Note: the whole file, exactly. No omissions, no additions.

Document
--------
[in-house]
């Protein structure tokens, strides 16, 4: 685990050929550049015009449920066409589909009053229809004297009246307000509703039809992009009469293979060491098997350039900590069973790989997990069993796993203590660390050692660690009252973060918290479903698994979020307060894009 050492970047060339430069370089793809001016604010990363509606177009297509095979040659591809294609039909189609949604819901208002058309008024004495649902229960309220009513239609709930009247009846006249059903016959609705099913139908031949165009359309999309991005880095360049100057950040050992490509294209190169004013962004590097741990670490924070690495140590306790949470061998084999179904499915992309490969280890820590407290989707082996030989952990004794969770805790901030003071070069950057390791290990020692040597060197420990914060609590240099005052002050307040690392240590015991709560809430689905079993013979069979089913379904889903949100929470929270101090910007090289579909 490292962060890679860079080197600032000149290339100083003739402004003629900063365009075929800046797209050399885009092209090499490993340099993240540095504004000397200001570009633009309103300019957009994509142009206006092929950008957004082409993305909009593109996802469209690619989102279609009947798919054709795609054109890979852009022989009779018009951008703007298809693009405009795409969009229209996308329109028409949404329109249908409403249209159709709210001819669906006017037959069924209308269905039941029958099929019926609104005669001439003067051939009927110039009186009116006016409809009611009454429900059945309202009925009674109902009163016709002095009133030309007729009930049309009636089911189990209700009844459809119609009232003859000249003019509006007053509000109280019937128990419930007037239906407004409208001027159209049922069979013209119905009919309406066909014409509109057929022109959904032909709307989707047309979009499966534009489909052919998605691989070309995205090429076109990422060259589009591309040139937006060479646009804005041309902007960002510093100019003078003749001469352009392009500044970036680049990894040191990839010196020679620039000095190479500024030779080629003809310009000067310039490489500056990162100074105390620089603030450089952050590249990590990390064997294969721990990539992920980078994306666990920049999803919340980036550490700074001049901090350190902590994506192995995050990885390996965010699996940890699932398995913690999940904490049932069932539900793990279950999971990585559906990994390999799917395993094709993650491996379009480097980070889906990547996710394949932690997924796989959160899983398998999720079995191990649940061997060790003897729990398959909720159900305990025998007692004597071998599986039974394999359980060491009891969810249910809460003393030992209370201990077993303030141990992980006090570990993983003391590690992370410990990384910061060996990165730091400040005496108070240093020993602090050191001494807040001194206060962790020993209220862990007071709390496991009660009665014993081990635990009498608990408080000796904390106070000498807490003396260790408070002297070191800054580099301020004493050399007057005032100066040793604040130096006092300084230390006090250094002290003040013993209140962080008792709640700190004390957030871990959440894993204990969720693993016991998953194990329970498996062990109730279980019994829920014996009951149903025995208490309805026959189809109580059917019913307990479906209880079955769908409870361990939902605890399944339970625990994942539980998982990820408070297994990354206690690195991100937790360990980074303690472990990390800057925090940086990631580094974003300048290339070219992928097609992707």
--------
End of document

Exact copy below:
[in-house]
């Protein structure tokens, strides 16, 4: 685990050929550049015009449920066409589909009053229809004297009246307000509703039809992009009469293979060491098997350039900590069973790989997990069993796993203590660390050692660690009252973060918290479903698994979020307060894009 050492970047060339430069370089793809001016604010990363509606177009297509095979040659591809294609039909189609949604819901208002058309008024004495649902229960309220009513239609709930009247009846006249059903016959609705099913139908031949165009359309999309991005880095360049100057950040050992490509294209190169004013962004590097741990670490924070690495140590306790949470061998084999179904499915992309490969280890820590407290989707082996030989952990004794969770805790901030003071070069950057390791290990020692040597060197420990914060609590240099005052002050307040690392240590015991709560809430689905079993013979069979089913379904889903949100929470929270101090910007090289579909 490292962060890679860079080197600032000149290339100083003739402004003629900063365009075929800046797209050399885009092209090499490993340099993240540095504004000397200001570009633009309103300019957009994509142009206006092929950008957004082409993305909009593109996802469209690619989102279609009947798919054709795609054109890979852009022989009779018009951008703007298809693009405009795409969009229209996308329109028409949404329109249908409403249209159709709210001819669906006017037959069924209308269905039941029958099929019926609104005669001439003067051939009927110039009186009116006016409809009611009454429900059945309202009925009674109902009163016709002095009133030309007729009930049309009636089911189990209700009844459809119609009232003859000249003019509006007053509000109280019937128990419930007037239906407004409208001027159209049922069979013209119905009919309406066909014409509109057929022109959904032909709307989707047309979009499966534009489909052919998605691989070309995205090429076109990422060259589009591309040139937006060479646009804005041309902007960002510093100019003078003749001469352009392009500044970036680049990894040191990839010196020679620039000095190479500024030779080629003809310009000067310039490489500056990162100074105390620089603030450089952050590249990590990390064997294969721990990539992920980078994306666990920049999803919340980036550490700074001049901090350190902590994506192995995050990885390996965010699996940890699932398995913690999940904490049932069932539900793990279950999971990585559906990994390999799917395993094709993650491996379009480097980070889906990547996710394949932690997924796989959160899983398998999720079995191990649940061997060790003897729990398959909720159900305990025998007692004597071998599986039974394999359980060491009891969810249910809460003393030992209370201990077993303030141990992980006090570990993983003391590690992370410990990384910061060996990165730091400040005496108070240093020993602090050191001494807040001194206060962790020993209220862990007071709390496991009660009665014993081990635990009498608990408080000796904390106070000498807490003396260790408070002297070191800054580099301020004493050399007057005032100066040793604040130096006092300084230390006090250094002290003040013993209140962080008792709640700190004390957030871990959440894993204990969720693993016991998953194990329970498996062990109730279980019994829920014996009951149903025995208490309805026959189809109580059917019913307990479906209880079955769908409870361990939902605890399944339970625990994942539980998982990820408070297994990354206690690195991100937790360990980074303690472990990390800057925090940086990631580094974003300048290339070219992928097609992707």